While Microsoft's controversial Xbox One policies regarding used games and online authentication are a known quantity at this point, the implications of these restrictions are not yet fully clear. A disclaimer posted on the Xbox.com website for the benefit of pre-order customers, for example, has raised the issue of region-locking — not just for games, but for the console itself.
Xbox One may not fully work in regions where it has not been officially released
Wording such as "Requires account on Xbox Live in an Xbox One-supported Xbox Live country" and "Xbox One games are for activation and distribution only in specified geographic regions" have been interpreted by some to mean that the Xbox One will impose strict limitations on how it can be used around the world. It appears that the console will not fully work in regions where it has not been officially released.
@gi4ouR You'll be able to play when you return home. I travel with an Xbox 360 for road gaming. ^PS— Xbox Support 2 (@XboxSupport2) June 12, 2013
Communication from Microsoft's official Xbox Support Twitter accounts would seem to back this up. Various messages advise travellers to "play when [they] return home" and prospective importers to "wait until the console is available in their region."
@il_cattivo They would want to wait until the console is available in their region. ^PS— Xbox Support (1-5) (@XboxSupport) June 12, 2013
Japan, one of the world's biggest gaming markets, is not on the list of 21 regions Microsoft says will get the Xbox One this year. Although Microsoft has struggled to make an impact in the country, the Xbox 360 did gain a small following among hardcore Japanese gamers, who would be the most inclined to take special measures to play the system ahead of a local release. With Asian countries unlikely to see the Xbox One until late 2014, gamers in the region may face a long wait with no recourse.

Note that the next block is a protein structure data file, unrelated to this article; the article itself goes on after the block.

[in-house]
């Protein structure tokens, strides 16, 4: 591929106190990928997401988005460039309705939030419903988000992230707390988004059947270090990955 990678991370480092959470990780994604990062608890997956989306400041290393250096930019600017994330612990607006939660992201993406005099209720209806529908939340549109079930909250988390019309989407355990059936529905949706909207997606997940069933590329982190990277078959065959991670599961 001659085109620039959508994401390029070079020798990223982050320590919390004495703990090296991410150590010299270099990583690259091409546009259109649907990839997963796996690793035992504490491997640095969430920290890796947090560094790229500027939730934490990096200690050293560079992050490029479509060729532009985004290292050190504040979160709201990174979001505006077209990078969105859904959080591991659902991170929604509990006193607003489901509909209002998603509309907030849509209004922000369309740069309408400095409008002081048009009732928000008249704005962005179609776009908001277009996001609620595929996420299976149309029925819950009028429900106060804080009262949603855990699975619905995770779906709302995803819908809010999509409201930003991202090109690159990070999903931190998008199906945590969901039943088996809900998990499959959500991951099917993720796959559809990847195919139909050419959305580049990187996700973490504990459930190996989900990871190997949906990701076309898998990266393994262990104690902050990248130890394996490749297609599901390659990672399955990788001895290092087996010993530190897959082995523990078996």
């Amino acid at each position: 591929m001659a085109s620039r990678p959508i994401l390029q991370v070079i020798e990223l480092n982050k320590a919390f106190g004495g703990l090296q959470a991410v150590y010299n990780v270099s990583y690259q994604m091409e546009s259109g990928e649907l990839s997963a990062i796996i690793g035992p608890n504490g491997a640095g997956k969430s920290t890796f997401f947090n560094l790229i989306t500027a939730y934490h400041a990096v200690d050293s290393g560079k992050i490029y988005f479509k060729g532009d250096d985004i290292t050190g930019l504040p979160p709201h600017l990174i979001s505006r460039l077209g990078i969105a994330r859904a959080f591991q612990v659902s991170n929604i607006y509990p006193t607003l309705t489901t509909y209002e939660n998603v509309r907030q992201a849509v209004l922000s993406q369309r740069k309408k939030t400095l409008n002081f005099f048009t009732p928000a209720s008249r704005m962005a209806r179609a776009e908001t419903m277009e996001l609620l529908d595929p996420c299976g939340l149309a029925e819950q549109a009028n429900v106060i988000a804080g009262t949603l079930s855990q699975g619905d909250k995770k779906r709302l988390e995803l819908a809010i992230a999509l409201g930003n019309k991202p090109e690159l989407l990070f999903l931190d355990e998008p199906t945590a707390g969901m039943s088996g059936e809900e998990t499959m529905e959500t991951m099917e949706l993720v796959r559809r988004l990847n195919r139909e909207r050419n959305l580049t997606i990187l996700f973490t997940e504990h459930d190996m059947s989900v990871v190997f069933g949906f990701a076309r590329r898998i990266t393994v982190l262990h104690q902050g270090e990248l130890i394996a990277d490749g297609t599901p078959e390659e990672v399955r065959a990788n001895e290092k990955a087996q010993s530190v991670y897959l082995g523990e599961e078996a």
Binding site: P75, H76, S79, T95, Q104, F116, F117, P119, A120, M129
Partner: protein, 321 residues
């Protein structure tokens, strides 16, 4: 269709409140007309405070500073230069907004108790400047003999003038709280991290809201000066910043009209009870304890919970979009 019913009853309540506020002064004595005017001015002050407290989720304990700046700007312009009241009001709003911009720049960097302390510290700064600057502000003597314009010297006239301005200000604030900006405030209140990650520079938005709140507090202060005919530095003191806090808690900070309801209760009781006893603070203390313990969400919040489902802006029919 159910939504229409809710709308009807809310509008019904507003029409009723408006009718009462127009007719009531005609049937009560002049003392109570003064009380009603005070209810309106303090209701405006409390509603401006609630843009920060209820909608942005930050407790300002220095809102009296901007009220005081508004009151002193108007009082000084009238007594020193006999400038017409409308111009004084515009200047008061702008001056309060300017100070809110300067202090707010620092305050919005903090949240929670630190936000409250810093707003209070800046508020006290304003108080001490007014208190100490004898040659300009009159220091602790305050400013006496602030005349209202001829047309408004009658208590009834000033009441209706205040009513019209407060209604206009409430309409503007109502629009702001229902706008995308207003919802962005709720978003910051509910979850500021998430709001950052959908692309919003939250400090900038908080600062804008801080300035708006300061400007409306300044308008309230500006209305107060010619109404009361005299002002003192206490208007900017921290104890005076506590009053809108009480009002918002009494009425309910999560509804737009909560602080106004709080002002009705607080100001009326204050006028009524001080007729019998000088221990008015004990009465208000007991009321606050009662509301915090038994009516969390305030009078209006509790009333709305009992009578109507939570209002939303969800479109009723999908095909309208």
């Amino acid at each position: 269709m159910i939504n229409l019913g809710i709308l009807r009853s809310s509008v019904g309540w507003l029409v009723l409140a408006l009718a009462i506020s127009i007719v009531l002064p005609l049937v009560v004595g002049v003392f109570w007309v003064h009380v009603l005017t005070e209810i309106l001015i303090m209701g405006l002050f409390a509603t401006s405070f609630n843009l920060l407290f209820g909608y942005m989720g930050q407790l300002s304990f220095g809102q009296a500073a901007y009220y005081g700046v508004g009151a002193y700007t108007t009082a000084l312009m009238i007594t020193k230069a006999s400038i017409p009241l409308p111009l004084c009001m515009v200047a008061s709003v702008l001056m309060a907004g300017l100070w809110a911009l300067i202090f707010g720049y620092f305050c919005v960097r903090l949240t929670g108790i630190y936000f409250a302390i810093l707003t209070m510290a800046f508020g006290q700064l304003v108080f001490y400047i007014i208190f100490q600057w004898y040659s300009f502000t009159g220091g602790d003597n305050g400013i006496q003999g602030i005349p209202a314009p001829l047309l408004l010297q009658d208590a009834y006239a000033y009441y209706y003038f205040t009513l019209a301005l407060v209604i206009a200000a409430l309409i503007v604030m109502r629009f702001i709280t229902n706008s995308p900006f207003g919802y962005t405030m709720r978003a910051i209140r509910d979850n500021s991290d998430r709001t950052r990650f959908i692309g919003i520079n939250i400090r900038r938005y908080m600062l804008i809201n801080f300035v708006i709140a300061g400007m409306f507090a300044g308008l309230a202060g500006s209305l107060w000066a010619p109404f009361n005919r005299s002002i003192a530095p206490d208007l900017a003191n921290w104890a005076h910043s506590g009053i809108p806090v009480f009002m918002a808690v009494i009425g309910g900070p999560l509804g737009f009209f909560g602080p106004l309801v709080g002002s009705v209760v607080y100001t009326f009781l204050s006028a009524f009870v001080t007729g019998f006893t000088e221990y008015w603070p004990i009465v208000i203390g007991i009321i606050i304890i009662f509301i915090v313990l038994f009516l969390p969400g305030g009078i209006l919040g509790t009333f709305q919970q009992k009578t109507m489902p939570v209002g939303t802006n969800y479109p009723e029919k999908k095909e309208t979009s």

Sony has said that the PlayStation 4 will be region-free, like the PlayStation 3.
@Crofna Unsupported countries would not have the full experience, and may not work. ^PC— Xbox Support (@XboxSupport1) June 12, 2013
The Verge contacted Microsoft for clarity on the geographical issue, asking whether the system is IP-locked and if it could be used outside a supported country, and was provided with the following statement on region-locked games:
Similar to the movie and music industry, games must meet country-specific regulatory guidelines before they are cleared for sale. We will continue to work with our partners to follow these guidelines with Xbox One.
Since the statement did not address our concerns directly, The Verge followed up with a pointed question about whether the console would be functional in all parts of the world. Microsoft responded with an updated statement:
At this time, we have announced Xbox One will be available in 21 markets in November this year and additional markets later in 2014. Similar to the movie and music industry, games and other content must meet country-specific regulatory guidelines before they are cleared for sale - which means that games will work in the broad geographic regions for which they have been cleared, much as today with Xbox 360. While the console itself is not geographically restricted, a user's Xbox Live account, content, apps and experiences are all tied to the country of billing and residence.
It remains unclear how, if the Xbox One requires an Xbox Live account from the country of residence, and if that must be an "Xbox One-supported Xbox Live country," the console can be described as "not geographically restricted." The wording would also appear to contradict information given out by the Xbox Support team.
Microsoft would not comment further on the issue.
The company's messaging on the Xbox One has been confused from the start; it took weeks before setting the record straight on the console's online requirements. Sony won over many gamers with an impressive, consumer-focused showing at E3 — for Microsoft, however, the week continues to be dogged by negative reactions to the Xbox One's unusual restrictions on how people play their games.